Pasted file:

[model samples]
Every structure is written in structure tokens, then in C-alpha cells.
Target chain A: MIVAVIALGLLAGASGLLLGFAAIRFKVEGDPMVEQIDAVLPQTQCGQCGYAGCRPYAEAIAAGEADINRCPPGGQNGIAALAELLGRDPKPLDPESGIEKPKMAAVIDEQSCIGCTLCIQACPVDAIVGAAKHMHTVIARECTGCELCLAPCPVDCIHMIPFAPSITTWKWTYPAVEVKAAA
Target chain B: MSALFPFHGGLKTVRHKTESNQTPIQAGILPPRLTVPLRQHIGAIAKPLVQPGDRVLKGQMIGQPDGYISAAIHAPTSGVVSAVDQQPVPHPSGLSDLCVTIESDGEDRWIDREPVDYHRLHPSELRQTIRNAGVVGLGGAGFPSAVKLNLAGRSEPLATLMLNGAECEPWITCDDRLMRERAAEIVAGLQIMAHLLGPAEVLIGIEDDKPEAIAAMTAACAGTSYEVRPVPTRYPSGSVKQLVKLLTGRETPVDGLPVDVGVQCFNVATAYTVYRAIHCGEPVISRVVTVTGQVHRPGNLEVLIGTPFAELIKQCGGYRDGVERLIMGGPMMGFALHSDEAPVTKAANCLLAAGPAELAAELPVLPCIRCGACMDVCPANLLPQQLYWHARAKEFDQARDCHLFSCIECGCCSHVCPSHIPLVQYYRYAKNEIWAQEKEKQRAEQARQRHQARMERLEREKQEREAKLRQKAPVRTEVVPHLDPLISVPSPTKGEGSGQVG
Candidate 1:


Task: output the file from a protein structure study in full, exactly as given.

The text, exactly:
[model samples]
Every structure is written in structure tokens, then in C-alpha cells.
Target chain A: MIVAVIALGLLAGASGLLLGFAAIRFKVEGDPMVEQIDAVLPQTQCGQCGYAGCRPYAEAIAAGEADINRCPPGGQNGIAALAELLGRDPKPLDPESGIEKPKMAAVIDEQSCIGCTLCIQACPVDAIVGAAKHMHTVIARECTGCELCLAPCPVDCIHMIPFAPSITTWKWTYPAVEVKAAA
Target chain B: MSALFPFHGGLKTVRHKTESNQTPIQAGILPPRLTVPLRQHIGAIAKPLVQPGDRVLKGQMIGQPDGYISAAIHAPTSGVVSAVDQQPVPHPSGLSDLCVTIESDGEDRWIDREPVDYHRLHPSELRQTIRNAGVVGLGGAGFPSAVKLNLAGRSEPLATLMLNGAECEPWITCDDRLMRERAAEIVAGLQIMAHLLGPAEVLIGIEDDKPEAIAAMTAACAGTSYEVRPVPTRYPSGSVKQLVKLLTGRETPVDGLPVDVGVQCFNVATAYTVYRAIHCGEPVISRVVTVTGQVHRPGNLEVLIGTPFAELIKQCGGYRDGVERLIMGGPMMGFALHSDEAPVTKAANCLLAAGPAELAAELPVLPCIRCGACMDVCPANLLPQQLYWHARAKEFDQARDCHLFSCIECGCCSHVCPSHIPLVQYYRYAKNEIWAQEKEKQRAEQARQRHQARMERLEREKQEREAKLRQKAPVRTEVVPHLDPLISVPSPTKGEGSGQVG
Candidate 1: